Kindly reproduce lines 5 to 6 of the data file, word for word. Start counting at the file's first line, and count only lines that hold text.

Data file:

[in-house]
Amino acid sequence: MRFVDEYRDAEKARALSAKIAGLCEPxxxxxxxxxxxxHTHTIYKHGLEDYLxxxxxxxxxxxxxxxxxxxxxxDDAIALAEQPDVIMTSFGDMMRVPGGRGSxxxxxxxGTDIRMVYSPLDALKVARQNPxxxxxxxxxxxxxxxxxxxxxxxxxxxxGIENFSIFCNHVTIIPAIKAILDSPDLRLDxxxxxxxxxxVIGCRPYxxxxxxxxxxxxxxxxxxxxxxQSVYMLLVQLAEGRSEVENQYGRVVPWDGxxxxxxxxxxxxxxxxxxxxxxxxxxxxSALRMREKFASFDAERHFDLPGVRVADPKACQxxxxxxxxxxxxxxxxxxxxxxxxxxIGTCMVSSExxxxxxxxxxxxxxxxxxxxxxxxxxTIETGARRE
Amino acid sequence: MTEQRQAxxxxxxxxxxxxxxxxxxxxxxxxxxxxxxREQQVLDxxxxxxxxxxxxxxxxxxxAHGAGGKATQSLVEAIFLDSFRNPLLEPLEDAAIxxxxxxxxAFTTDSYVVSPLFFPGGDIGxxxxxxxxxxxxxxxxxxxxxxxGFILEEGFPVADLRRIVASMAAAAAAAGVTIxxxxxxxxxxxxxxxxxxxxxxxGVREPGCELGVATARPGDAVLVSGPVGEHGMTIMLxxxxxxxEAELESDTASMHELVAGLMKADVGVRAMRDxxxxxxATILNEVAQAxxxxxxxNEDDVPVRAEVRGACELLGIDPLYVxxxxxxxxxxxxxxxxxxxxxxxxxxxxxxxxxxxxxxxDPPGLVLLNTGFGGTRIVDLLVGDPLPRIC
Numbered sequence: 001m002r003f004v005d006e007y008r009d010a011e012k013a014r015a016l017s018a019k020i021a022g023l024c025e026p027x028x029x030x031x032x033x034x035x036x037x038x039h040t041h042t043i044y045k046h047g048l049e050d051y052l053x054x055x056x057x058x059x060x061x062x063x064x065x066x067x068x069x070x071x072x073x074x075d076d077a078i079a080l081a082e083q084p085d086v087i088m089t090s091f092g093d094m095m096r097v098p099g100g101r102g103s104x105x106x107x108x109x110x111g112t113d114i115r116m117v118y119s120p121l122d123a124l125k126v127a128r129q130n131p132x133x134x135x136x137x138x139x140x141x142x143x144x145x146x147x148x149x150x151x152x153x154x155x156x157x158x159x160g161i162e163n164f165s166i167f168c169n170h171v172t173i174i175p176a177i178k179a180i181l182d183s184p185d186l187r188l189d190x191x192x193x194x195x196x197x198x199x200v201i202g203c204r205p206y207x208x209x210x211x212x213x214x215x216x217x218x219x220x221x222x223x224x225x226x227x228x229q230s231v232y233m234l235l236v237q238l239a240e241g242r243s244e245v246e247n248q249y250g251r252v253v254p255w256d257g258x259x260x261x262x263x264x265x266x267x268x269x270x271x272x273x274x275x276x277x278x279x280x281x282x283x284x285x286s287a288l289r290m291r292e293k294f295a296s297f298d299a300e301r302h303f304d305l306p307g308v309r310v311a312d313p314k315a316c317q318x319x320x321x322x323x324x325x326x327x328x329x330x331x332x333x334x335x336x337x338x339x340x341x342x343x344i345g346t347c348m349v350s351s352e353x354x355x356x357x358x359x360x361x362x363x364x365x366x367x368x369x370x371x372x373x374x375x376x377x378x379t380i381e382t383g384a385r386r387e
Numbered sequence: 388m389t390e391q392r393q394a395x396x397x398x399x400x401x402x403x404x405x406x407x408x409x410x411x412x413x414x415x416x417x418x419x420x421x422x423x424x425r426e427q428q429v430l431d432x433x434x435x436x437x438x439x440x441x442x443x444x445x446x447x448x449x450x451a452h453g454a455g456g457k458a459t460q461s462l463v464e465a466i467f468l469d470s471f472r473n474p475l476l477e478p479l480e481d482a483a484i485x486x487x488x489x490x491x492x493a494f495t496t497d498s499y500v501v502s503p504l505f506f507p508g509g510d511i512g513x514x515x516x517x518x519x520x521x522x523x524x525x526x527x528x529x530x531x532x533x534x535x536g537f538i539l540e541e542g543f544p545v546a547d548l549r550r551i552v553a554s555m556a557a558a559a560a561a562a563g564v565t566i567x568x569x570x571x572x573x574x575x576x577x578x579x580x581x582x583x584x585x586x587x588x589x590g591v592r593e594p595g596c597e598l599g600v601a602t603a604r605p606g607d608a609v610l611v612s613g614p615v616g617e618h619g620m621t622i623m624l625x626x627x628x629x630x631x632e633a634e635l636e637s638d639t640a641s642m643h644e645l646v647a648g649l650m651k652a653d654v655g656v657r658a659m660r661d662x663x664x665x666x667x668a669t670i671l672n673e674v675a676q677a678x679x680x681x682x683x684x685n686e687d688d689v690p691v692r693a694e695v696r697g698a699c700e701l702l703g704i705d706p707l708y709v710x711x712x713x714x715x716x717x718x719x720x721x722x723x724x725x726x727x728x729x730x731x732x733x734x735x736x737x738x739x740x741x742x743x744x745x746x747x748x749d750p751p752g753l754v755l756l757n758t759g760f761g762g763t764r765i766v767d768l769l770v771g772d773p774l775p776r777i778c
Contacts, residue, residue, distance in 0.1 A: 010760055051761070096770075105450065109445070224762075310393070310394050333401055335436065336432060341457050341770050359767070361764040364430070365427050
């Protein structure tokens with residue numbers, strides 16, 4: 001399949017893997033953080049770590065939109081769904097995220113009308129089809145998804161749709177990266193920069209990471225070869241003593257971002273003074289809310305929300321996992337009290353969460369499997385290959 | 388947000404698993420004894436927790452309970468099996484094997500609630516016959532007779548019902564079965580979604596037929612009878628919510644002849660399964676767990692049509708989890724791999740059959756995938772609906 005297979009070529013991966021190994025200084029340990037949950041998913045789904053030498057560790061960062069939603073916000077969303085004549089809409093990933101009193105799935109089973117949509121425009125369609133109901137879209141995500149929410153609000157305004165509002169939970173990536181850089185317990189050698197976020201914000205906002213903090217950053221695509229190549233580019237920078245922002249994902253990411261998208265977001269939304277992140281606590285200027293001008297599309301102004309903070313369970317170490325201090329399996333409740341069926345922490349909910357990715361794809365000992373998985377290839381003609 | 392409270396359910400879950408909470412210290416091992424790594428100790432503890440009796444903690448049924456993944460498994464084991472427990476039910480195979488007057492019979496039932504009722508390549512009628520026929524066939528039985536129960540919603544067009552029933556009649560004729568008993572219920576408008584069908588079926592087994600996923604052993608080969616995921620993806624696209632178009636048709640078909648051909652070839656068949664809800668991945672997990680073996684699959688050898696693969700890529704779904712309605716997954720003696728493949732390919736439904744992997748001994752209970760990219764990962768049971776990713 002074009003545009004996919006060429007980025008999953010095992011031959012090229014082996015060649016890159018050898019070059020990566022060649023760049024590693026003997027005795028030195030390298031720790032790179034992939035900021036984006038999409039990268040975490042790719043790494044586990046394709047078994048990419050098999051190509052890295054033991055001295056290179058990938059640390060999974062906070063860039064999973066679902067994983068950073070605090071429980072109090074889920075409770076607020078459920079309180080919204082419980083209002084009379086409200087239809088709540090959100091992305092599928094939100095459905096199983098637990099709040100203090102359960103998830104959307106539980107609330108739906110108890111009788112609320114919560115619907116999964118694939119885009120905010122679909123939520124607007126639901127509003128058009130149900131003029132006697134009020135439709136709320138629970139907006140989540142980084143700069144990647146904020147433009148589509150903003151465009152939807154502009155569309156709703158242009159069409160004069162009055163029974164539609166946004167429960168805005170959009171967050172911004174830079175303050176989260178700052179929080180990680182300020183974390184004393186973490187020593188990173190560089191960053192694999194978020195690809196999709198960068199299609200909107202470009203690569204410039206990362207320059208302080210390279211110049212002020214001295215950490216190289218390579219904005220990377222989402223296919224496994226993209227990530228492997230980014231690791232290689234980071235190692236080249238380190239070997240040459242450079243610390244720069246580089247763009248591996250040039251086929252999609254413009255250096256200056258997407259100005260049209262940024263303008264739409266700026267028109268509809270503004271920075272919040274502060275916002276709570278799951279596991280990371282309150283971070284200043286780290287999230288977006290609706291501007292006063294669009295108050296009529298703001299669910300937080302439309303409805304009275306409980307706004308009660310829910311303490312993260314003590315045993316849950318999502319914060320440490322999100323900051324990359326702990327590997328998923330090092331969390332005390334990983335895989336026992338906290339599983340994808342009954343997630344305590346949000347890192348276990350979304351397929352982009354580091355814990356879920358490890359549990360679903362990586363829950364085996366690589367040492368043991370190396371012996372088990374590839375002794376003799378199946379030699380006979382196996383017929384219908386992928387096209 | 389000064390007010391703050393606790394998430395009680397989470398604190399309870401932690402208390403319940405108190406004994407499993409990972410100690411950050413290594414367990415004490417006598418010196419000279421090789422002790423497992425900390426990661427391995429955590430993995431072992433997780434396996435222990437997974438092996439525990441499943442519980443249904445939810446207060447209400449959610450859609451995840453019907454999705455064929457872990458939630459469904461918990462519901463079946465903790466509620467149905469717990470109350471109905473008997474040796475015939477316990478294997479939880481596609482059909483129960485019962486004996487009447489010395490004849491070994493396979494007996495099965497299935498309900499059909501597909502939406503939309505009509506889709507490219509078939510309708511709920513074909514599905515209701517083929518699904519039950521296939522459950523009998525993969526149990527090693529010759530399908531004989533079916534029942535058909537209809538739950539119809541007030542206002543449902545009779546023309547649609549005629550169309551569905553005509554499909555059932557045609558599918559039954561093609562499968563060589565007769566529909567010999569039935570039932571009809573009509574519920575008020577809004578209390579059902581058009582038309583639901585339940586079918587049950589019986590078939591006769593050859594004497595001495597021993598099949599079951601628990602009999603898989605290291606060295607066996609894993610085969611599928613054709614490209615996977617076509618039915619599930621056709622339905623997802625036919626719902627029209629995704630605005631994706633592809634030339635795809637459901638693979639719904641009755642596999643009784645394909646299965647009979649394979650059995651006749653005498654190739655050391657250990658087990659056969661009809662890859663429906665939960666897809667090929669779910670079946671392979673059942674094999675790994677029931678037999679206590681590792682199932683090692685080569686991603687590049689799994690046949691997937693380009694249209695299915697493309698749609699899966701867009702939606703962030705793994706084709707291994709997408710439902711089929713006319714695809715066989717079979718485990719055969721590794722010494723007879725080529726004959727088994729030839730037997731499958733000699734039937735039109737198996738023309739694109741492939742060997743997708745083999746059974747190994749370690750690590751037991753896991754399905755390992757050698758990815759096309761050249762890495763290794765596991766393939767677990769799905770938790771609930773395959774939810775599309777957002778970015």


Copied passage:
Numbered sequence: 388m389t390e391q392r393q394a395x396x397x398x399x400x401x402x403x404x405x406x407x408x409x410x411x412x413x414x415x416x417x418x419x420x421x422x423x424x425r426e427q428q429v430l431d432x433x434x435x436x437x438x439x440x441x442x443x444x445x446x447x448x449x450x451a452h453g454a455g456g457k458a459t460q461s462l463v464e465a466i467f468l469d470s471f472r473n474p475l476l477e478p479l480e481d482a483a484i485x486x487x488x489x490x491x492x493a494f495t496t497d498s499y500v501v502s503p504l505f506f507p508g509g510d511i512g513x514x515x516x517x518x519x520x521x522x523x524x525x526x527x528x529x530x531x532x533x534x535x536g537f538i539l540e541e542g543f544p545v546a547d548l549r550r551i552v553a554s555m556a557a558a559a560a561a562a563g564v565t566i567x568x569x570x571x572x573x574x575x576x577x578x579x580x581x582x583x584x585x586x587x588x589x590g591v592r593e594p595g596c597e598l599g600v601a602t603a604r605p606g607d608a609v610l611v612s613g614p615v616g617e618h619g620m621t622i623m624l625x626x627x628x629x630x631x632e633a634e635l636e637s638d639t640a641s642m643h644e645l646v647a648g649l650m651k652a653d654v655g656v657r658a659m660r661d662x663x664x665x666x667x668a669t670i671l672n673e674v675a676q677a678x679x680x681x682x683x684x685n686e687d688d689v690p691v692r693a694e695v696r697g698a699c700e701l702l703g704i705d706p707l708y709v710x711x712x713x714x715x716x717x718x719x720x721x722x723x724x725x726x727x728x729x730x731x732x733x734x735x736x737x738x739x740x741x742x743x744x745x746x747x748x749d750p751p752g753l754v755l756l757n758t759g760f761g762g763t764r765i766v767d768l769l770v771g772d773p774l775p776r777i778c
Contacts, residue, residue, distance in 0.1 A: 010760055051761070096770075105450065109445070224762075310393070310394050333401055335436065336432060341457050341770050359767070361764040364430070365427050